In addition to the orchestra, Mancini used a female choir to provide an especially dramatic quality to the apocalyptic scenes near the film’s end. The voices were fed into a Fairlight CMI (Computer Musical Instrument — a digital computer which offers endless variations of sound) which synthesized them; the Fairlight sounds were then combined with the real singers to provide an unusual harmony and musical texture which was used sparingly throughout the film. “The score was approached tonally,” Mancini said. “There was nothing atonal, really. There was a lot of dramatic writing, but I just took a romantic, classical approach without going too far out. I wanted to have it make sense to everybody concerned.”

Mancini was also involved in the musical effects that comprised much of the film’s overall sound design, working closely with director Tobe Hooper. “Tobe is a director who likes to have a lot of material to work with, effect-wise, so there were a lot of things we did. We went into a studio one day and recorded sounds — piano-string sounds, rubber-ball-on-the-gong sound, all of that stuff. We got a whole back-log of that which he cut in, more or less for effect purposes.”

Mancini composed and recorded an hour and forty minutes of music for LIFEFORCE, including a twenty-minute sequence that became something of a tone poem for the opening of the film. Unfortunately, much of the musical sensibility of this sequence, and others, was distorted when the film was edited by Cannon Films prior to release. “I scored to the full length picture, but when it was finished the distributors from America got in with their axes,” Mancini said, without a whole lot of pleasure. “The original first twenty minutes of the film were like a ballet to me — that’s one of the reasons I was so interested in doing the film — and it was just beautiful. There were some lovely effects. But the picture ran two hours and five or ten minutes, and the distributors here got into it and started truncating. They eliminated almost all of the beginning.”

By the time that happened, Mancini had already started work on SANTA CLAUS: THE MOVIE and was unable to go back and make the necessary adjustments in the score to fit the new length, which was reduced from more than two hours to only an hour and forty minutes. Cannon then hired composer Michael Kamen (THE DEAD ZONE, BRAZIL) to adjust the recorded Mancini material. “I don’t know what he did,” Mancini said. “I was so upset about the cutting that I just walked away from it. I haven’t seen it and I don’t think I’m going to, because I’d like to remember it as it was.” Fortunately, Mancini’s score does remain intact on the Varese Sarabande soundtrack album (also released as a compact disc in Japan). “The album is an exact representation of the score that I did. I’ll be content to stay with that.”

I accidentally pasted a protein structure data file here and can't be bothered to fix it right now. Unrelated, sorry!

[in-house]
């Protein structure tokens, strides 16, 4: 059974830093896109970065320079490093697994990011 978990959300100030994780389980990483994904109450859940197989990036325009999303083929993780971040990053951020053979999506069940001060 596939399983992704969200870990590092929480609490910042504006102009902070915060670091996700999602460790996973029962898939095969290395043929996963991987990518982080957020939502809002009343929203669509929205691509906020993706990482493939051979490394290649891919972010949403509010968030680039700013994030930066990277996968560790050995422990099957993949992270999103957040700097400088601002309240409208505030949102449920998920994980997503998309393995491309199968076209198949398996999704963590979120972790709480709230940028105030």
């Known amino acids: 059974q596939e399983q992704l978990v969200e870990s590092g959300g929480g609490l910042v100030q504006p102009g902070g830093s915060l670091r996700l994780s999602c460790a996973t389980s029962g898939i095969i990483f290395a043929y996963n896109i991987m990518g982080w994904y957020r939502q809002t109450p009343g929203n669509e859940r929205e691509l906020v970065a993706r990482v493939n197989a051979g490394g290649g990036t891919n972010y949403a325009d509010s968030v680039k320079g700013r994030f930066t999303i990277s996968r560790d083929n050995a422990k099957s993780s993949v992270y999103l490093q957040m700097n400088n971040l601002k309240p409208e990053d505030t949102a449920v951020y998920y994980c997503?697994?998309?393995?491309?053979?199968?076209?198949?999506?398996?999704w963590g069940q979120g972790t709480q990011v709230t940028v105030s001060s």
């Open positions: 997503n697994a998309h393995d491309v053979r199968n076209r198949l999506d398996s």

Mancini had better results with the score he wrote for SANTA CLAUS: THE MOVIE. He was called into this project by the Salkind company and director Jeonnot Szwarc, and provided a light, melodic score for large orchestra (85-pieces of England’s National Philharmonic Orchestra) and choir. “I think these two pictures are good bookends,” said Mancini. “They’re both symphonic but they’re poles apart as far as style and content.”

Right from the start, SANTA CLAUS provided a challenge inasmuch as Mancini had to decide how he was going to handle the obvious problem of incorporating Christmas music into the score — something he felt he couldn’t avoid. “One thing we had to satisfy was that you can’t have a picture about Christmas or Santa Claus and not touch on the traditional,” Mancini said. “I decided that it would be a good idea to get all of those numbers in one place, rather than spotting them here and there throughout the film. So on Santa’s first flight I used them in a piece by itself, and it all worked out well because the montage was well conceived and it made sense. But from there on we went to original music.”

Mancini also had to decide how he wanted to musically depict the red-suited giftgiver of modern myth. “I had to decide what my feelings would be and how effective they would be. You can’t fool around with Santa Claus, you know. So I put my melody hat on. The melodies — the march of the elves, Santa’s theme, Patch’s theme — they were classically oriented, I think, but toward the more melodic things of that period.”

Mancini enjoyed scoring SANTA CLAUS, certainly more so than what became of LIFEFORCE, since nothing was edited or “adjusted” in the Salkind movie. “The overall score was one of the most interesting things I’ve ever been involved in, and one of the most challenging, said Mancini. “There were long sequences of flying that needed a lot of music. I think the picture was an hour and forty-five minutes long and there was over an hour and twenty minutes of music in the picture.”

Mancini, while most popular for his breezy, light-pop melodies, claims to have no real preference over any particular style of music, whether pop, jazz or symphonic. “I like whatever is called for. I spent a long apprenticeship at Universal and I learned a lot about all kinds of things. It’s the approach rather than the style or the number of players in the orchestra. We didn’t have a huge symphony orchestra at Universal, but we did write symphonic scores. That gave me a very solid footing. All that experience has made it easier for me to think of the music rather than the technical means of getting it done.”